Vicki Needham reported yesterday at The Hill Online that, “A new trade effort got a boost on Tuesday with the addition of a Democratic power trio to sell the Obama administration’s trade agenda on Capitol Hill.
“Former Massachusetts Gov. Deval Patrick, former Washington State Gov. Christine Gregoire, and former U.S. Trade Representative Ron Kirk have joined the Progressive Coalition for American Jobs (PCAJ), a new effort launched by Democrats and progressives to push for free trade.”
Rebecca Howard reported today at The Wall Street Journal Online that, “New Zealand’s exports and its dairy farmers could be in for some good news. Prices for one of the island nation’s key exports, whole milk powder, could start pushing higher, dairy giant Fonterra Co-Operative Group Ltd.’ s chief executive said.
“Whole milk powder is currently undervalued but prices could increase if China returns to a milk-supply deficit, Theo Spierings told The Wall Street Journal in an interview.
“Any increase in dairy prices would be good news for New Zealand, 30% of whose exports are milk related. New Zealand’s agriculture-rich economy has been supported in recent years by surging demand from Asia’s rising middle classes for its dairy exports. Global dairy prices, however, tumbled more than 50% in 2014, hurt by strong global production, high inventories in China and a supply glut caused by Russia’s ban on U.S. and European food imports—including dairy products.”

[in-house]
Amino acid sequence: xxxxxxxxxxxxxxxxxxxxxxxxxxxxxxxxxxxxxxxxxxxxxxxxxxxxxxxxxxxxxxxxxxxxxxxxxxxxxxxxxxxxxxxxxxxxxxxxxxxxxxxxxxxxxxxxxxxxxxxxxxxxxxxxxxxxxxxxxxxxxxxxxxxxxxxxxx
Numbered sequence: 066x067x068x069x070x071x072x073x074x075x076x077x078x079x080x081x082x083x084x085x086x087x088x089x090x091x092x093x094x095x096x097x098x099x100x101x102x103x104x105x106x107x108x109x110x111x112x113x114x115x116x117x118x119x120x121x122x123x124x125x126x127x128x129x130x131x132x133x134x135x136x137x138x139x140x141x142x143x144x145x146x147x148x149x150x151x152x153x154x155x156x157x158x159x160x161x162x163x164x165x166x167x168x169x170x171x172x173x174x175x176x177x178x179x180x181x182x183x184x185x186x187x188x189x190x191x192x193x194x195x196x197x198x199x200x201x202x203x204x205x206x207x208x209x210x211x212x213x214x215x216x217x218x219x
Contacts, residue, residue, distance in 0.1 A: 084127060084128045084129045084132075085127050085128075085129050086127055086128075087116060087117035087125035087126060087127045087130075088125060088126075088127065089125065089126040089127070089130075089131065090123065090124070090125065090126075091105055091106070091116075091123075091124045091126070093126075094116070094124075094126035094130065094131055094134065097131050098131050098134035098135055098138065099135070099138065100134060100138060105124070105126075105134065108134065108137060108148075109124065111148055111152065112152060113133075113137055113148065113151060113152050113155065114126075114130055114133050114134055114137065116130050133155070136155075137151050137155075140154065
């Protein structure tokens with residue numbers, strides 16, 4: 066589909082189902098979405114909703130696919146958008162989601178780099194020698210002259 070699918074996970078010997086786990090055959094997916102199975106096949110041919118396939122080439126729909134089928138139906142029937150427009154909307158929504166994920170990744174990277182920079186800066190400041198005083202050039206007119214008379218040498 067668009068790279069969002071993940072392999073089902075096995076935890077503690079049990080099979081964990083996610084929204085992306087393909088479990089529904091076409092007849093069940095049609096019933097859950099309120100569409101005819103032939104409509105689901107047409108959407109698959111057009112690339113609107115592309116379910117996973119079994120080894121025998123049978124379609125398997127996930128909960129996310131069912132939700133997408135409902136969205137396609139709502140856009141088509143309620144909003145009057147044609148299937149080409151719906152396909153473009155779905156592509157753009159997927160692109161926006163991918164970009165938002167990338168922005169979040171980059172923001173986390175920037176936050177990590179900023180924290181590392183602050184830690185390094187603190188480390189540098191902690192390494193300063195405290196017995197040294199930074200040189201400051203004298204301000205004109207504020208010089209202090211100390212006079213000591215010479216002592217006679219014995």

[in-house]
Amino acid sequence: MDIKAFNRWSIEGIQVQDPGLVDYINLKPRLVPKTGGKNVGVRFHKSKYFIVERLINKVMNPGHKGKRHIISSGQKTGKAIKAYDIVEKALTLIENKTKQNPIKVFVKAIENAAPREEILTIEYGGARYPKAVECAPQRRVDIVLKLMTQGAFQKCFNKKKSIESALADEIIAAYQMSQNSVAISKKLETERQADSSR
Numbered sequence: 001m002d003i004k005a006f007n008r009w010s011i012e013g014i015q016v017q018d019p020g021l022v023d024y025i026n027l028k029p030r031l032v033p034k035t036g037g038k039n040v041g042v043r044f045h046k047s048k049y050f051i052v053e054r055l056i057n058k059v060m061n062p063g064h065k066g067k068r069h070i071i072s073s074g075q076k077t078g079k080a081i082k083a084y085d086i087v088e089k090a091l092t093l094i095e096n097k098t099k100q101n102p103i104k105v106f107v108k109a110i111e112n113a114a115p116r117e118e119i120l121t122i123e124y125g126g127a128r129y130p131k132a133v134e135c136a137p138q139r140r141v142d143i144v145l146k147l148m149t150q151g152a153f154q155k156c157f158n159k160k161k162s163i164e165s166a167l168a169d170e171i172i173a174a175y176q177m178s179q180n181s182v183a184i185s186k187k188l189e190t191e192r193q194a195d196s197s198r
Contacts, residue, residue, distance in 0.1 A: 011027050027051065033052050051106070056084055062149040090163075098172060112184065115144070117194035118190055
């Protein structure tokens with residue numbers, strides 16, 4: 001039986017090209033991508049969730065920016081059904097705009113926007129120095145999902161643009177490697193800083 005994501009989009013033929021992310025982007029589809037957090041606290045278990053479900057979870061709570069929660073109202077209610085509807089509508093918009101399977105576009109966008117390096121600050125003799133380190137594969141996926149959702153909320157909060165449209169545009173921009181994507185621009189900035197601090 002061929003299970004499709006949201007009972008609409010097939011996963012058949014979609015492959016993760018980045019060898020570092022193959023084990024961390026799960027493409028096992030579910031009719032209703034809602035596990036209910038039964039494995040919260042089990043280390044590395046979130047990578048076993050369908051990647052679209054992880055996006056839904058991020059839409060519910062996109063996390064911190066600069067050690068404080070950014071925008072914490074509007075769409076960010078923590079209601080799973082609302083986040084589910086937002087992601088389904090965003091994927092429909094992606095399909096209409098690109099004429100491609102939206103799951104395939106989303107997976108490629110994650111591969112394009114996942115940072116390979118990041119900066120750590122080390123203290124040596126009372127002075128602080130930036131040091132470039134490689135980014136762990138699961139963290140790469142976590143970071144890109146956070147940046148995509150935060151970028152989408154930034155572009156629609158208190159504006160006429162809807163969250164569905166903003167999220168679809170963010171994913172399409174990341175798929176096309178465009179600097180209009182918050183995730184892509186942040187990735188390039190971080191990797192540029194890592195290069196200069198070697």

Reuters writer Tom Polansek reported yesterday that, “Shares of the world’s biggest poultry producers fell on Tuesday as expectations for an increasing U.S. chicken supply to pressure profit margins overshadowed a decision by top importer Mexico to ease trade restrictions.
“Poultry companies have been enjoying large profits recently thanks to high meat prices and declining feed costs. However, a larger-than-expected rise in chicken supplies could push down prices and squeeze margins, analysts said.”
Neil Munshi reported earlier this week at The Financial Times Online that, “Monsanto has called for the World Health Organisation’s cancer agency to retract a report that found that glyphosate, the world’s most widely-used herbicide, a ‘probable carcinogen’.
“Brett Begemann, chief operating officer of the world’s largest seed maker, told a media conference call that the WHO study ‘contradicts decades’ of well-established science.
“The comments were in response to a report published on Friday in the journal Lancet Oncology by researchers for WHO’s International Agency for Research on Cancer.”